AAMI News September 2017
One on One: Mike Ziemelis
Mike Ziemelis is a senior engineering manager for Stryker’s Integration Management Office and a faculty member for AAMI University’s course Design Control Requirements & Industry Practice.
Why did you choose a career in the medical device industry?
I started in the medical device industry right out of school. After I got my undergraduate degree in electrical engineering, I had a chance to interview at a few different companies, one of which was Stryker. I really enjoyed the people who were there when I went through the interview process, but I also really enjoyed the mission and the fact that Stryker makes devices that help improve people’s lives. That got me really excited about working for the medical device industry, and I haven’t looked back.
What do you do in your current position?
Specifically what I’m focused on is conducting due diligence on companies and products we might want to acquire. I look at the quality and design of the product and the quality system overall to see if it would be a good fit for Stryker. After that, if we decide to go forward and sign a deal with them, we do what is called integration to bring them into Stryker’s systems and potentially make small changes. So basically, I work to figure out what could potentially bite us, and then we conduct integration to fix the identified gaps.
What is the best part of your job?
The best part of my job is the opportunity to visit other companies, not just to see the great products and services that they are providing, but also to learn about the different ways they have chosen to implement the Food and Drug Administration’s quality system requirements.
Why did you want to become an AAMI faculty member?
There were two reasons. The first was to be able to take my knowledge and help teach other people about the various regulatory requirements. The second reason was to learn from other people from various companies.
Why did you decide to teach the design control requirements course?
My uncle, who was a farmer, once told me: “You either are making things, or you are repairing things.” He made life very simple. In my career, I’ve gravitated toward new product development because I enjoy making things. That’s also why I have really enjoyed teaching design controls. I get to teach people how to pair innovation with regulatory requirements so when new products are developed, they can be safe and effective. We can make products that help save people’s lives.
You taught your first AAMI University course in May. What was that like?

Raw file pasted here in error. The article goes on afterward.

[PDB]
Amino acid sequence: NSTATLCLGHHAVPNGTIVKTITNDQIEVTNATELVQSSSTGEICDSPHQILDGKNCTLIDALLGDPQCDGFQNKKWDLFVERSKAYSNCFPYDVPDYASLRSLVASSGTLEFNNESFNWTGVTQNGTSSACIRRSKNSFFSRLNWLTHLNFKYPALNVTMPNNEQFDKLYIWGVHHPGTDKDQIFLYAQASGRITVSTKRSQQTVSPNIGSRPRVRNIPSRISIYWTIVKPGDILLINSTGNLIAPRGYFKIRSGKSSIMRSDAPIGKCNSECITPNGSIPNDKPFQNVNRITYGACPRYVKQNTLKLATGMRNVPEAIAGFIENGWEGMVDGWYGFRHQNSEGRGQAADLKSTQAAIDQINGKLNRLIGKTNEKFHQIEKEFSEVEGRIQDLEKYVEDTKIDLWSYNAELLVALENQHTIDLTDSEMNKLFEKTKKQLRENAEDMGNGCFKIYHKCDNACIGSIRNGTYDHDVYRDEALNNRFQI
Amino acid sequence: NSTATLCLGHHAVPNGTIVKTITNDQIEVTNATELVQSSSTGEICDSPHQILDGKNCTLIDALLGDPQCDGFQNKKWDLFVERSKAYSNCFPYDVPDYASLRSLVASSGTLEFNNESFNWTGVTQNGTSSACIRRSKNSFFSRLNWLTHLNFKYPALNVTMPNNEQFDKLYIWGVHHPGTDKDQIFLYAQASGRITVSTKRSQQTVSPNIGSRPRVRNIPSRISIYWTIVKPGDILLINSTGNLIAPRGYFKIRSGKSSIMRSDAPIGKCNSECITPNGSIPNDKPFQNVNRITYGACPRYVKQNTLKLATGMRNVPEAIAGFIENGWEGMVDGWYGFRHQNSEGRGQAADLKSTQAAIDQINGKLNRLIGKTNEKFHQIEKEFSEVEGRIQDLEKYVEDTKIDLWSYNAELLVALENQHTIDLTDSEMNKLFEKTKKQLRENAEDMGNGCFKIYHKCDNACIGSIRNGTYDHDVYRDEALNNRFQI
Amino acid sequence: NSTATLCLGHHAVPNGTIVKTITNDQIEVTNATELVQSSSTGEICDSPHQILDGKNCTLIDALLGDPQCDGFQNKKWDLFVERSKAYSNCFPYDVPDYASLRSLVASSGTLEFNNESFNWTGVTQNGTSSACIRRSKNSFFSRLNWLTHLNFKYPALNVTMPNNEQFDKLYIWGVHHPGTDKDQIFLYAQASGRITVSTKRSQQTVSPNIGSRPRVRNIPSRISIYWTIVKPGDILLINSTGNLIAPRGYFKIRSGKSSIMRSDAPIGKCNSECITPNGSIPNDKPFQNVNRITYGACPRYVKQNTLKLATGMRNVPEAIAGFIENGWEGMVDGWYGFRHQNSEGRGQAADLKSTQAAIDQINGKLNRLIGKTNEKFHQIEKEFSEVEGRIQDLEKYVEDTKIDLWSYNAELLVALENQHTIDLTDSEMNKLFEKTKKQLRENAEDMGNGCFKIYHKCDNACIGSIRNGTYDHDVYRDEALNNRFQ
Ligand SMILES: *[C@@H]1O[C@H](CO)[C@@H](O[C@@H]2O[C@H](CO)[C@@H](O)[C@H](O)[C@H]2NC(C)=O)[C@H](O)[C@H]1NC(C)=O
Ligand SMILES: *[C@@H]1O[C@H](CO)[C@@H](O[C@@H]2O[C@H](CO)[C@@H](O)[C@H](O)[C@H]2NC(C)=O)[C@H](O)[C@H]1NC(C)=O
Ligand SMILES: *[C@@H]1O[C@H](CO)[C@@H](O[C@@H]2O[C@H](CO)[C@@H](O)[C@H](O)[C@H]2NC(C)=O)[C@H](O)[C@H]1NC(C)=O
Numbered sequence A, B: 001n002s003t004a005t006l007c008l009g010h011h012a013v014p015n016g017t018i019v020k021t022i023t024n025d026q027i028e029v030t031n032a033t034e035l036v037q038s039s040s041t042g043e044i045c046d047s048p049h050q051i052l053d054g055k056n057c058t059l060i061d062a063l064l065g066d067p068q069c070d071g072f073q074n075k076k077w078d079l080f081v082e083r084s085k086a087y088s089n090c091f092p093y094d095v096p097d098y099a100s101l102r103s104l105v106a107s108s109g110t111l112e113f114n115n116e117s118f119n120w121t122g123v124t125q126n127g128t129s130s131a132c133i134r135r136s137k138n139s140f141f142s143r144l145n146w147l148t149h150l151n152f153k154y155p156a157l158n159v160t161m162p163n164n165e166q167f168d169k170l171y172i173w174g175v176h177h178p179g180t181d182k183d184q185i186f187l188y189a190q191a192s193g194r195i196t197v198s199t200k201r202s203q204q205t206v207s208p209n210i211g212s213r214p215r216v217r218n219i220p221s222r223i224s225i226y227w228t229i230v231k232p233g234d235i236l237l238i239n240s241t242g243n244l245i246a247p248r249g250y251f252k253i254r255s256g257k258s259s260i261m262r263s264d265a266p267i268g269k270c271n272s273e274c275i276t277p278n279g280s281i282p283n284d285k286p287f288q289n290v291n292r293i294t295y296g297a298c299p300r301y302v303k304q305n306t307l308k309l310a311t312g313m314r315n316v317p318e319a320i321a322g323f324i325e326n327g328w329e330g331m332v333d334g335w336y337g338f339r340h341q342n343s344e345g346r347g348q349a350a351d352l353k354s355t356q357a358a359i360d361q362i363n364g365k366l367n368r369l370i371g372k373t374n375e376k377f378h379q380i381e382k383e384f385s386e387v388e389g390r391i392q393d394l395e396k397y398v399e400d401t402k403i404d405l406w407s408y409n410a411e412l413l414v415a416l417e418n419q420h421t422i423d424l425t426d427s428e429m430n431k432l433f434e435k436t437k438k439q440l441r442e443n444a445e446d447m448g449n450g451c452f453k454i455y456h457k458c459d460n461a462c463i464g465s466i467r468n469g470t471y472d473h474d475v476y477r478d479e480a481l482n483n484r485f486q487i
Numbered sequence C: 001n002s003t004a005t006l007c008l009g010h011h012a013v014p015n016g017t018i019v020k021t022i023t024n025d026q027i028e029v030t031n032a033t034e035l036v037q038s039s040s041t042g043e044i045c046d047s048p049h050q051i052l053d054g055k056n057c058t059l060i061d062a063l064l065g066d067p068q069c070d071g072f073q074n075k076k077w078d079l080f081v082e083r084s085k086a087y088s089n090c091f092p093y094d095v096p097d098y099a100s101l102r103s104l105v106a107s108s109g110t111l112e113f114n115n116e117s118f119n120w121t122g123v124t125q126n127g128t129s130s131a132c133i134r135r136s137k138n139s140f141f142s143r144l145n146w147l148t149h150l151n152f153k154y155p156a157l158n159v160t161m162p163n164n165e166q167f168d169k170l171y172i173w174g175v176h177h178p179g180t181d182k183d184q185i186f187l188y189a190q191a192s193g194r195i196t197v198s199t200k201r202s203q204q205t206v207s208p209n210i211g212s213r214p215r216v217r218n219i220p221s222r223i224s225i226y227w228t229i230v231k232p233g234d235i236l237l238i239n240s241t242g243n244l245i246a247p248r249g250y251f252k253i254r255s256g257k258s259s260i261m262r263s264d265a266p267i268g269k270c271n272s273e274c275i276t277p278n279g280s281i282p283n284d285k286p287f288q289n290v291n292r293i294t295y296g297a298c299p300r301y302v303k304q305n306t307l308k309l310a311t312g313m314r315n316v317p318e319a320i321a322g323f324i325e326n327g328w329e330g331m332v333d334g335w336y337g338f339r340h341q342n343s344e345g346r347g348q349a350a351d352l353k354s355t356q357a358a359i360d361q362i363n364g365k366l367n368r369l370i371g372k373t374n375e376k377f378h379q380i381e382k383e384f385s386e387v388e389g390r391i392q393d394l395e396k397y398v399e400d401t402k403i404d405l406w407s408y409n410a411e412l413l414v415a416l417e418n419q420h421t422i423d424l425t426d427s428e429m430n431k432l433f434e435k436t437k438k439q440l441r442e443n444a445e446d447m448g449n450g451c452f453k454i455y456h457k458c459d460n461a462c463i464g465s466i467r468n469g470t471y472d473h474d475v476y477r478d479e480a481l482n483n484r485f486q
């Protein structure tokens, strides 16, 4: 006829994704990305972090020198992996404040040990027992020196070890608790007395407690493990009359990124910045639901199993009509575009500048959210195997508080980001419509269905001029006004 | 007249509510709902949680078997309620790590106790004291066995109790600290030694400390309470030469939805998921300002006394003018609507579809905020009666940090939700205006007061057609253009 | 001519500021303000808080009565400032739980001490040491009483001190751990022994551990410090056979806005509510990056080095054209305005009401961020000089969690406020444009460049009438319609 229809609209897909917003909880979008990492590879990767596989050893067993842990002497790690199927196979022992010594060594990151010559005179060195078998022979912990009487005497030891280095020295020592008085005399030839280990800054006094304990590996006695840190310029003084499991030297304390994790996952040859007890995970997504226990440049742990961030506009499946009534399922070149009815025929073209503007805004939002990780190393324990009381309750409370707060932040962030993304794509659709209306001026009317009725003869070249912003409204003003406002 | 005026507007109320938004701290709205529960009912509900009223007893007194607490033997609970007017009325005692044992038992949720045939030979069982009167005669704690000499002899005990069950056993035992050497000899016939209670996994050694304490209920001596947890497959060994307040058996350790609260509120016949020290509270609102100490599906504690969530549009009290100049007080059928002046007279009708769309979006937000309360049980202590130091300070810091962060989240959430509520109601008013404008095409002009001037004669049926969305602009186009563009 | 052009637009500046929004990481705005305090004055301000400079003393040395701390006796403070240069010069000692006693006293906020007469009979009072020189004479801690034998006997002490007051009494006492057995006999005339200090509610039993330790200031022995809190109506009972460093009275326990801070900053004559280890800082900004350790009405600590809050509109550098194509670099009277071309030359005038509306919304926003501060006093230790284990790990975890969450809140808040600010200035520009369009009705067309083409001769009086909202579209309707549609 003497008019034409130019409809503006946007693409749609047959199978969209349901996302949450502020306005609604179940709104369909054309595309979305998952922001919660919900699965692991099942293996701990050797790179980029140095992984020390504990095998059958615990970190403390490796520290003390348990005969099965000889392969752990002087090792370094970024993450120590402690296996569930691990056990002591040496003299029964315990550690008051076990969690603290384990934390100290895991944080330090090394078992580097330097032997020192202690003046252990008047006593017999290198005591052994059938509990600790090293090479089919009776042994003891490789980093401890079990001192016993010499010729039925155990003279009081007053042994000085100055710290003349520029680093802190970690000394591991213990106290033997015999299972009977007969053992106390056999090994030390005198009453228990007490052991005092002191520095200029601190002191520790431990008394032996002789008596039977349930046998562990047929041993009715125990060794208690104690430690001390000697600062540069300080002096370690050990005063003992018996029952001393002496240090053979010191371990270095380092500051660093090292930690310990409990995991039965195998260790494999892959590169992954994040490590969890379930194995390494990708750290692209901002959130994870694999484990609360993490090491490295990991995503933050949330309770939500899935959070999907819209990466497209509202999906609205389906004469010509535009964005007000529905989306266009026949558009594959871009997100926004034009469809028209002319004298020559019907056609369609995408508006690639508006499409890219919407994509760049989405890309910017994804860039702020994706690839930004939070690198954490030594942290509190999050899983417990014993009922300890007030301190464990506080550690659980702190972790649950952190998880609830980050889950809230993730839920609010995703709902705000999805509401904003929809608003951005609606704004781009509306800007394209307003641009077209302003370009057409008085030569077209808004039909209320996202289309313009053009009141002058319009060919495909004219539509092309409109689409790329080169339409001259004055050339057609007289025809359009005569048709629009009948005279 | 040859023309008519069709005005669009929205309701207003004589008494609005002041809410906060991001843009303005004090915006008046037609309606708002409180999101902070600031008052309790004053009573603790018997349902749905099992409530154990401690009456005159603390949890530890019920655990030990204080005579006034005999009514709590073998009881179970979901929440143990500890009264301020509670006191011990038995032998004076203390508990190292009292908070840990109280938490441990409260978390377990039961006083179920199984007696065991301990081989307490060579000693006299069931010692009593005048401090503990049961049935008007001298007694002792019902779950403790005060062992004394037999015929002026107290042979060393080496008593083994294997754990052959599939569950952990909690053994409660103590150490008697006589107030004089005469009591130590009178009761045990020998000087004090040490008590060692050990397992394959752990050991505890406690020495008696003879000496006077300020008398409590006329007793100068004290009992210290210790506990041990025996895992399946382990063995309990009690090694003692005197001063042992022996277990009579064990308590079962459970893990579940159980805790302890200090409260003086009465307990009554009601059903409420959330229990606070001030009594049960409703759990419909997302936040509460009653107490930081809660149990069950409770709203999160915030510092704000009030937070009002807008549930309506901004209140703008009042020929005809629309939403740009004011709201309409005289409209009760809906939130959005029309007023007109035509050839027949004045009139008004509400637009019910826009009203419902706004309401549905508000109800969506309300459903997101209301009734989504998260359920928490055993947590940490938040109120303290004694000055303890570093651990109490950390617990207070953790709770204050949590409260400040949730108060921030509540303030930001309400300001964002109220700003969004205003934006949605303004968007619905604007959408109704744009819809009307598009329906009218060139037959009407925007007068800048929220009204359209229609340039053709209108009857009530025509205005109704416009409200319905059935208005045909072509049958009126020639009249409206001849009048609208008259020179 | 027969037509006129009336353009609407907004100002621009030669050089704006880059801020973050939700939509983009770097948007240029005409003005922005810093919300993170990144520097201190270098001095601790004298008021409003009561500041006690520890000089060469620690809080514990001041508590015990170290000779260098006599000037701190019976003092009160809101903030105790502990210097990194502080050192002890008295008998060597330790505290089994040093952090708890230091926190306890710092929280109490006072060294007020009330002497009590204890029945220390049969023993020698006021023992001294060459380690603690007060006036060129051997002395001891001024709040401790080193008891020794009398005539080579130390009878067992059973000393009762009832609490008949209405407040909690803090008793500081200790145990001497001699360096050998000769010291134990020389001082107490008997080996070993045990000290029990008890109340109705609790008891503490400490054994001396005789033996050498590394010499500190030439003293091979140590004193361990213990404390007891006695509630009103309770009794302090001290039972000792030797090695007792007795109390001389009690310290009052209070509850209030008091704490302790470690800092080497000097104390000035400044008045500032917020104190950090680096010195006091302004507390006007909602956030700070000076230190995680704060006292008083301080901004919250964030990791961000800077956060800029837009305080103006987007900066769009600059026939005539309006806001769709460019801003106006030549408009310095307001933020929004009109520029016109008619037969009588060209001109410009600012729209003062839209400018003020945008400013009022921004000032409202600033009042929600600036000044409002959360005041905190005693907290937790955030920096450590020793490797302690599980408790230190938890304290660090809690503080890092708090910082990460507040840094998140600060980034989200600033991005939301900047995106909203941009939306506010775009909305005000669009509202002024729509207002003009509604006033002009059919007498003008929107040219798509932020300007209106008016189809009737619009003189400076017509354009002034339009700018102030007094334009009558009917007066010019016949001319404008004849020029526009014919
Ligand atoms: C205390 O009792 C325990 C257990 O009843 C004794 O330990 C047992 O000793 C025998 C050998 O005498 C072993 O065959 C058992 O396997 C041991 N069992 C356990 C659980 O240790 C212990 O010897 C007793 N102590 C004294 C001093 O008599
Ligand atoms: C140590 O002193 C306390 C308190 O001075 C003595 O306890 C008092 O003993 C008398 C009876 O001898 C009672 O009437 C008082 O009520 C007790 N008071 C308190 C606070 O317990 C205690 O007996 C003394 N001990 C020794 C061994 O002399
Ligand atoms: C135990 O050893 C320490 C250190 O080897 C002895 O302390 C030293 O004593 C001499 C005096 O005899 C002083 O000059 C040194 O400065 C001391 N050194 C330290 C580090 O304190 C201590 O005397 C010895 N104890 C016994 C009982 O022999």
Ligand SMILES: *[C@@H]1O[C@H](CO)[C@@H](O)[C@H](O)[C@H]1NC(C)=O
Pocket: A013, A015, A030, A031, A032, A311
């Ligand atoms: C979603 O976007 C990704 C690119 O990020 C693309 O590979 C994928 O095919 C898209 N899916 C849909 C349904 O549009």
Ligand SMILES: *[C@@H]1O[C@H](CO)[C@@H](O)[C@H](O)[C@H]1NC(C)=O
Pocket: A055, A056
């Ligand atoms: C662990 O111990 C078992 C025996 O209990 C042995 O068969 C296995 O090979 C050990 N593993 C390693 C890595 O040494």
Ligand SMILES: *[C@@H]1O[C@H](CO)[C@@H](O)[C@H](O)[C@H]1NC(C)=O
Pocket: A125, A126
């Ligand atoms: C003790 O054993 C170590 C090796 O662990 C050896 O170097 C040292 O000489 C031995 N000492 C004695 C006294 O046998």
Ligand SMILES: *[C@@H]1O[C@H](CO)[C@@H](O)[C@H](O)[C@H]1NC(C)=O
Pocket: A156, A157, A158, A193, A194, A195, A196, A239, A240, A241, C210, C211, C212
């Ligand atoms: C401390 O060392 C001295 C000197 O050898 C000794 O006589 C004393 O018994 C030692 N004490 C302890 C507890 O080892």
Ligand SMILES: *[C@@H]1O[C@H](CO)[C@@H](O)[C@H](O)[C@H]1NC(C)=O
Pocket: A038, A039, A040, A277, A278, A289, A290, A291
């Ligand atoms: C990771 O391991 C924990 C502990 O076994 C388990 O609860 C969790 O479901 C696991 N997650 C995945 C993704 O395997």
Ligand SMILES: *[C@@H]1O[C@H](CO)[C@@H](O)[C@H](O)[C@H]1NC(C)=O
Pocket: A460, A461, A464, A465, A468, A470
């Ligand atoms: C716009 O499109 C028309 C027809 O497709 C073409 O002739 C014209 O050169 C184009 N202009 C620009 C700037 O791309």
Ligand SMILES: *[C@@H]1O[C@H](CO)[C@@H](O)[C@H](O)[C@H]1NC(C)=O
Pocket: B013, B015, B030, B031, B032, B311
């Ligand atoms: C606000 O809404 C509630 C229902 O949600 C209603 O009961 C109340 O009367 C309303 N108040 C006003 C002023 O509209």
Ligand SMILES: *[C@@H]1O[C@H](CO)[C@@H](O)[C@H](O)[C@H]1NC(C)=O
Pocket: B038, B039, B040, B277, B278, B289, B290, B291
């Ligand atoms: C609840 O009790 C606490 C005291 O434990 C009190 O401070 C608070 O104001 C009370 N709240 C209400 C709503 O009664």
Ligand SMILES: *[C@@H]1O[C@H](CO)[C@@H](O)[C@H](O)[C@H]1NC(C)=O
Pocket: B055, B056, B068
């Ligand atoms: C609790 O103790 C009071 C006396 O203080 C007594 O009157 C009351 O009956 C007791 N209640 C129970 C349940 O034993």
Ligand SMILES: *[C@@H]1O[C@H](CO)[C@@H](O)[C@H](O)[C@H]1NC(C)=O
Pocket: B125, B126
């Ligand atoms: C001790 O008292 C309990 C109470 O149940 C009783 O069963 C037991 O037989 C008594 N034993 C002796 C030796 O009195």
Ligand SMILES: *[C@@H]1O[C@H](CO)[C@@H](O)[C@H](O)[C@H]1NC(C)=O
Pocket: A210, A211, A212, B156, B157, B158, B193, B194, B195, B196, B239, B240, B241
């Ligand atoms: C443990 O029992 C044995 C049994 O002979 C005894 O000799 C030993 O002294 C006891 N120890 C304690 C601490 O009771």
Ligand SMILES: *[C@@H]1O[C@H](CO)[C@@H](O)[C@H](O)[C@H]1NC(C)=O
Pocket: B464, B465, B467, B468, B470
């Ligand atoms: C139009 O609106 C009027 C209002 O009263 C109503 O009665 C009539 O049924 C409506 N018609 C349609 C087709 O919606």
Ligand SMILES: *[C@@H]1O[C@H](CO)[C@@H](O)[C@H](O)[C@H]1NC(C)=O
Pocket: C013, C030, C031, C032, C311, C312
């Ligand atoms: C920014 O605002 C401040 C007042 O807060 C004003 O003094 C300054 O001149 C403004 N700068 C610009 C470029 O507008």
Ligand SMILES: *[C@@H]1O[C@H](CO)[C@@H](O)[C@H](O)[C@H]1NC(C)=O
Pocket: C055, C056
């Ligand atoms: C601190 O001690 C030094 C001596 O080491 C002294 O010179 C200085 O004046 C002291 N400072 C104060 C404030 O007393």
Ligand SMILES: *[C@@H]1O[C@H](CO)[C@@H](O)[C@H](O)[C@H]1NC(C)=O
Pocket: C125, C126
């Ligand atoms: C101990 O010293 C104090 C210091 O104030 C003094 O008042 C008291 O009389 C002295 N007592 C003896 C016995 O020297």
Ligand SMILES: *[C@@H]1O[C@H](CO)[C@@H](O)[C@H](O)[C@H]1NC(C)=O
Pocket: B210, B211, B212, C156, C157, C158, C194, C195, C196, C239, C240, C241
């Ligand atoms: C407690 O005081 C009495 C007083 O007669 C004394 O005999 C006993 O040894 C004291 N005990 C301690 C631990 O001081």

I loved it. I have had experience training people on design controls, risk management, and other topics at Stryker throughout the various roles that I have had, but it was an exciting experience to be able to teach and learn from other people outside of Stryker.
What type of student were you?
I definitely was excited to learn about math and science, but if I was in my English class, I did the bare minimum required to get a ‘B’. You know, looking back, I wish I would have spent a little bit more time on things such as philosophy or English, but now I am finding an interest in those topics and exploring them in my spare time.
What does it take to be a good instructor?
A passion to learn and a passion to mentor, teach, and develop people are both critical aspects of being an instructor. Not being afraid to stand up and make a mistake is also important. When you are doing a presentation, it is not going to be perfect, so you have to be willing to get up there and tell people what you know, and if you do make a mistake, own up to it and move on. Those are probably the most important aspects of being an instructor.
What advice would you give to someone who was interested in becoming an AAMI faculty member?
Make sure you sign up to teach a subject you are passionate about. If you are not passionate about the topic, it is very apparent to the students in the class, and they don’t necessarily feel the class is as engaging.
What do you like to do outside of work?
I love spending time with my family, especially in the summer when we are going to the beach and spending as much time outdoors as possible. I also like doing triathlons, so I am training for those by running, biking, and swimming. I haven’t done any of the Ironman ones, only Olympic-length triathlons.
What is something people might be surprised to learn about you?
I was actually thinking about being a performance major for trombone. I was pretty good at playing trombone in high school, and when I was looking at where I wanted to go to college, I had the opportunity to audition at a couple of places and actually got some scholarships. But then I thought about it and decided I didn’t want music to be something I was using to pay the bills. I wanted to have it be something that was fun for me, so I decided to go into engineering instead because I liked that too.